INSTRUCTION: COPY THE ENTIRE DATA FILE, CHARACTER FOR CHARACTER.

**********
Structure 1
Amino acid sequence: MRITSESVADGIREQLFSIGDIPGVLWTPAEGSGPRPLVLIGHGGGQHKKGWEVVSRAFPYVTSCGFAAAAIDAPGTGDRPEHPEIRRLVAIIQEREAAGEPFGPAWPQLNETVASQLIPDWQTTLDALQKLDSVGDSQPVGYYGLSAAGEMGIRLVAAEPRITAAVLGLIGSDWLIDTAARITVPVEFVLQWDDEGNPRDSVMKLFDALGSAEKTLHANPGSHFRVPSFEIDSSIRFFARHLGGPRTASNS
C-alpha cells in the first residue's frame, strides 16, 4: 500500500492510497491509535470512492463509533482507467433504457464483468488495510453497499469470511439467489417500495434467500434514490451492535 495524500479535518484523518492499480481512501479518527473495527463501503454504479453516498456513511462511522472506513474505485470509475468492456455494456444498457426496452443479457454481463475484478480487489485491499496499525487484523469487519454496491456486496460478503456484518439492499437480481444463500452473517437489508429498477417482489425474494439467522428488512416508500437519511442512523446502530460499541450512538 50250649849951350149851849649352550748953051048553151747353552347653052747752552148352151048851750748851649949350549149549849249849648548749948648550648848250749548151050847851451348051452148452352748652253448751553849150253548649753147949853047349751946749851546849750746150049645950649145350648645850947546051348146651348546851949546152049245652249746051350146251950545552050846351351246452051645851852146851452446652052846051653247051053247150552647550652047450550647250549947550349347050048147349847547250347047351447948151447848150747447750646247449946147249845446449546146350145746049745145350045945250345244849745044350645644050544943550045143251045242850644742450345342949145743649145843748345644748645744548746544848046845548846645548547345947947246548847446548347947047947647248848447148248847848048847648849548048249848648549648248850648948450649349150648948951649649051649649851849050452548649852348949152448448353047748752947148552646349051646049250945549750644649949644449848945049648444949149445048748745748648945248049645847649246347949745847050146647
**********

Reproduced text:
Structure 1
Amino acid sequence: MRITSESVADGIREQLFSIGDIPGVLWTPAEGSGPRPLVLIGHGGGQHKKGWEVVSRAFPYVTSCGFAAAAIDAPGTGDRPEHPEIRRLVAIIQEREAAGEPFGPAWPQLNETVASQLIPDWQTTLDALQKLDSVGDSQPVGYYGLSAAGEMGIRLVAAEPRITAAVLGLIGSDWLIDTAARITVPVEFVLQWDDEGNPRDSVMKLFDALGSAEKTLHANPGSHFRVPSFEIDSSIRFFARHLGGPRTASNS
C-alpha cells in the first residue's frame, strides 16, 4: 500500500492510497491509535470512492463509533482507467433504457464483468488495510453497499469470511439467489417500495434467500434514490451492535 495524500479535518484523518492499480481512501479518527473495527463501503454504479453516498456513511462511522472506513474505485470509475468492456455494456444498457426496452443479457454481463475484478480487489485491499496499525487484523469487519454496491456486496460478503456484518439492499437480481444463500452473517437489508429498477417482489425474494439467522428488512416508500437519511442512523446502530460499541450512538 50250649849951350149851849649352550748953051048553151747353552347653052747752552148352151048851750748851649949350549149549849249849648548749948648550648848250749548151050847851451348051452148452352748652253448751553849150253548649753147949853047349751946749851546849750746150049645950649145350648645850947546051348146651348546851949546152049245652249746051350146251950545552050846351351246452051645851852146851452446652052846051653247051053247150552647550652047450550647250549947550349347050048147349847547250347047351447948151447848150747447750646247449946147249845446449546146350145746049745145350045945250345244849745044350645644050544943550045143251045242850644742450345342949145743649145843748345644748645744548746544848046845548846645548547345947947246548847446548347947047947647248848447148248847848048847648849548048249848648549648248850648948450649349150648948951649649051649649851849050452548649852348949152448448353047748752947148552646349051646049250945549750644649949644449848945049648444949149445048748745748648945248049645847649246347949745847050146647